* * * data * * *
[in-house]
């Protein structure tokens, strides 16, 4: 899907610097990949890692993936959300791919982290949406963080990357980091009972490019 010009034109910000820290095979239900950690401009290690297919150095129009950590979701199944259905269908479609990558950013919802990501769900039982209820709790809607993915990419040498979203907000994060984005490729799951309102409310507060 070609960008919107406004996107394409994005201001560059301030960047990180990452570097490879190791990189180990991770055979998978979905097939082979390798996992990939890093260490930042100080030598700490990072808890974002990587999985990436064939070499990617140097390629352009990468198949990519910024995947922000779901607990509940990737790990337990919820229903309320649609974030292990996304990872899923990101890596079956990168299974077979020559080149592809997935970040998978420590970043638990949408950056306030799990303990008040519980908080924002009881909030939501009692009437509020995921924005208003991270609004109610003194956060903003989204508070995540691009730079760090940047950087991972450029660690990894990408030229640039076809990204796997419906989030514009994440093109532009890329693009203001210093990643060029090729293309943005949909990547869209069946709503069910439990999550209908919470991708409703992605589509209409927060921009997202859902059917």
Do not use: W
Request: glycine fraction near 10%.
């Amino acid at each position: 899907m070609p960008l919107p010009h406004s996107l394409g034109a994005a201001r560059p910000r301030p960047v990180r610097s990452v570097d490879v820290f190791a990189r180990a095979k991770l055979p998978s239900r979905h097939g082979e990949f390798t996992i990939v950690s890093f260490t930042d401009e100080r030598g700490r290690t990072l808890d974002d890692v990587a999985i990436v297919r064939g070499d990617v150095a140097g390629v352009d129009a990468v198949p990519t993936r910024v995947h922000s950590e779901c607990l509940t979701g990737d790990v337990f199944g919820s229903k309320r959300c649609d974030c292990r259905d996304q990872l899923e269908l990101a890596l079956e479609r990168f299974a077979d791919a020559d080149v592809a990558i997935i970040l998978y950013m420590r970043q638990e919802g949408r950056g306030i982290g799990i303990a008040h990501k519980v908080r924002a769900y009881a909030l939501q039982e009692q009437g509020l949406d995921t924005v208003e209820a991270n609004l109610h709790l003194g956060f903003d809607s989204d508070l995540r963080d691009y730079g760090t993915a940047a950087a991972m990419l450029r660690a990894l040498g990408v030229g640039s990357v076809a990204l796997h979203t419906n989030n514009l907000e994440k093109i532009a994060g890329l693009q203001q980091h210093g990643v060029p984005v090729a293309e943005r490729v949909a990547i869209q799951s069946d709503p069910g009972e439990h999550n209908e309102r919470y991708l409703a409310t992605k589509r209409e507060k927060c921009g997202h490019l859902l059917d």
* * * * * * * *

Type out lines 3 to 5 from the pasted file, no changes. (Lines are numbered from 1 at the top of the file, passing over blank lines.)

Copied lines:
Do not use: W
Request: glycine fraction near 10%.
């Amino acid at each position: 899907m070609p960008l919107p010009h406004s996107l394409g034109a994005a201001r560059p910000r301030p960047v990180r610097s990452v570097d490879v820290f190791a990189r180990a095979k991770l055979p998978s239900r979905h097939g082979e990949f390798t996992i990939v950690s890093f260490t930042d401009e100080r030598g700490r290690t990072l808890d974002d890692v990587a999985i990436v297919r064939g070499d990617v150095a140097g390629v352009d129009a990468v198949p990519t993936r910024v995947h922000s950590e779901c607990l509940t979701g990737d790990v337990f199944g919820s229903k309320r959300c649609d974030c292990r259905d996304q990872l899923e269908l990101a890596l079956e479609r990168f299974a077979d791919a020559d080149v592809a990558i997935i970040l998978y950013m420590r970043q638990e919802g949408r950056g306030i982290g799990i303990a008040h990501k519980v908080r924002a769900y009881a909030l939501q039982e009692q009437g509020l949406d995921t924005v208003e209820a991270n609004l109610h709790l003194g956060f903003d809607s989204d508070l995540r963080d691009y730079g760090t993915a940047a950087a991972m990419l450029r660690a990894l040498g990408v030229g640039s990357v076809a990204l796997h979203t419906n989030n514009l907000e994440k093109i532009a994060g890329l693009q203001q980091h210093g990643v060029p984005v090729a293309e943005r490729v949909a990547i869209q799951s069946d709503p069910g009972e439990h999550n209908e309102r919470y991708l409703a409310t992605k589509r209409e507060k927060c921009g997202h490019l859902l059917d």